The barber fills me in with all the local gossip. The local primary school headmistress is having problems with her new Mazda. Serves her right for not buying a French car. The petrol station owner is moving to Nantes. Just as well. He's a miserable so and so. Comes from Marseille. Monsieur Lopez was elected to the town council but didn't even know he was on the ballot. Angus lets the gentle mood music flow over him. From time to time, to show interest, he utters a 'vraiment' of astonishment.

Earlier this year we planted a dozen or so ceanothus bushes to attract the bees. A combination of heavy rain and bright sunshine has had a miraculous effect on them. Can anything add on a metre in a month ? Perhaps I should check to see just how large they're going to grow.

Just another sunny Monday morning in deepest, deepest  France profonde.


Sunday, April 13, 2014

I think the world is run by 'C' students.






One of those days when the cool mountain air slugs it out with the warm air from the Mediterranean. Hot one minute, chill the next. By the afternoon the weather's settled on a muggy compromise. Sophie sleeps on top of the wooden garden table, Bob sensibly dozes in the shade underneath.

Our evening walk. By the village pond hundreds of frogs are basking contentedly in the sun. Sophie considers leaping into the pond to show them who's boss. Thank heavens she's on her lead. Why did I ever think a female dog would be less of a handful than a male one ?

The German billionaire flies by on his motor glider. Should one wave at him out of courtesy or ignore him in the belief that he might become distracted and fall a hundred feet to an agonizing death ? If only Miss Manners were here. I settle for looking skywards but not waving. Bob does the same. Sophie remains fixated on the frogs.


Saturday, April 12, 2014

You risk tears if you let yourself be tamed.






First light. Bob and Sophie get harnessed up. We go outside. Before I can lock the front door Bob decides to go back inside . Sophie follows. Sophie comes back outside. Bob rushes round the house looking for 'the font' . Bob is finally coaxed into the courtyard and into the back of the car. He then leaps out of the car in hot pursuit of a blackbird. The offer of a kibble and he clambers back in. Why the simple act of getting out of the house should generate so much daily excitement remains a mystery of dog ownership.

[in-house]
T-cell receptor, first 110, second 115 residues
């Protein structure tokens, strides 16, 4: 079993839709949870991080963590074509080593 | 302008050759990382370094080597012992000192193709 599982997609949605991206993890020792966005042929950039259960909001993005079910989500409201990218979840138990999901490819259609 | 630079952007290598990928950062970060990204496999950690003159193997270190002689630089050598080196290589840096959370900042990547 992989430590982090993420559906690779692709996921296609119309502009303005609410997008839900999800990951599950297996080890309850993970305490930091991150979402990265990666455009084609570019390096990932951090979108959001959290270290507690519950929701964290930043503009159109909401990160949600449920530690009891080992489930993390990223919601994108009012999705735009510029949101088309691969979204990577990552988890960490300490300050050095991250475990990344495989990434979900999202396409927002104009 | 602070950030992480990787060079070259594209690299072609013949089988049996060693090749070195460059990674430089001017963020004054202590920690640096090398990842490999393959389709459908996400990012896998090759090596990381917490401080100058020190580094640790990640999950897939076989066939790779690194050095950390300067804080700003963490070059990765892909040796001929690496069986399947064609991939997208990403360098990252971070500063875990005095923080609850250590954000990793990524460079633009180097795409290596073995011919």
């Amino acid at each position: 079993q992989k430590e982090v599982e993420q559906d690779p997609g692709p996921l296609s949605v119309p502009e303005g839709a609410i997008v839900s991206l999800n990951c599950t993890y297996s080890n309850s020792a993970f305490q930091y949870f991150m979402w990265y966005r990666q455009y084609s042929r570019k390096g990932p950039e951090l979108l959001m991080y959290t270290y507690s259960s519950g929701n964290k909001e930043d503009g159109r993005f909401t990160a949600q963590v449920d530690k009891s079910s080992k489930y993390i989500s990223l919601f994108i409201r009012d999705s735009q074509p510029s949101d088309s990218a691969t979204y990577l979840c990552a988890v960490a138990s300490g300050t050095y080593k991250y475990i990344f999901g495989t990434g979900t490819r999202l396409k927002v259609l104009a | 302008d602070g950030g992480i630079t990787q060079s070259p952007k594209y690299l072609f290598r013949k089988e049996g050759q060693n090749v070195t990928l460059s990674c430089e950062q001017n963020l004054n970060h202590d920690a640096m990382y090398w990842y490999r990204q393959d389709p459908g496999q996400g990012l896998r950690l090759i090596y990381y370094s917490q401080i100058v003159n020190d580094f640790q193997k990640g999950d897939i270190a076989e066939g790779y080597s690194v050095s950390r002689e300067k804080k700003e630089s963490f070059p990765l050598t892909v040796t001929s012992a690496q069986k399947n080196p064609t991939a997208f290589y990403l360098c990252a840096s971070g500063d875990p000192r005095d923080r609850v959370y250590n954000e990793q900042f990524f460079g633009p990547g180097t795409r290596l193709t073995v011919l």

Our morning routine. To the Cafe for an illicit half croissant, a visit to the bakers, a detour to the strawberry farm for two tubs of fresh gariguettes. A walk by the stream where Bob displays his inept fishing skills. Finally, a quick tour of the village. Very Old Farmer, Old Widow,Old Farmer, municipal workman on the tractor - all greeted. By nine the little angels are exhausted.

Home. This morning the two of them decide to sleep on the creaky wooden  staircase. A previous generation of PON's did the same thing. Elder, ever watchful, brother dozing on the higher step. Younger sibling snoring, indecorously, on the step below. Can they sense that their predecessors slept in this same spot ?  Perhaps all dog owners have this sense of deja vu ?




Friday, April 11, 2014

Discretion is not the better part of biography.





'The font' heads off to London . "Would you like to come along ?  We could go to the ballet ". Angus wonders aloud what the troops would have thought if they were told that in a hundred years time their valour would be the subject of a creative dance routine. '' I'll take that as a no " says 'the font'. 

Angus choses wine for Easter lunch.  With no one to hurry him along there's plenty of time to linger over this most important of tasks. The PON duo wait behind the counter with the wine merchant while Angus gets the car and loads it up at the front door. Bob looks disappointed there are no sausages.

Madame Bay shows up. It's hot and she's draped in white chiffon. A poster girl for net curtains. There's been a power cut at the Bay residence and the saintly septuagenarian, plus two grandchildren, has popped round to make sure Angus is managing on his own. In reality she's come to watch her favourite daytime soap - Diagnosis Murder. Programme over she announces '' Well I don't have all day to hang around ". She shepherds the grandchildren into the gold metallic 'Wild Child' voiturette and vanishes.

'The font' enjoys the ballet. Angus opens a bottle of Pomerol. The PON's chase pigeons. Madame Bay has had her daily dose of Dick van Dyke. Everyone is happy.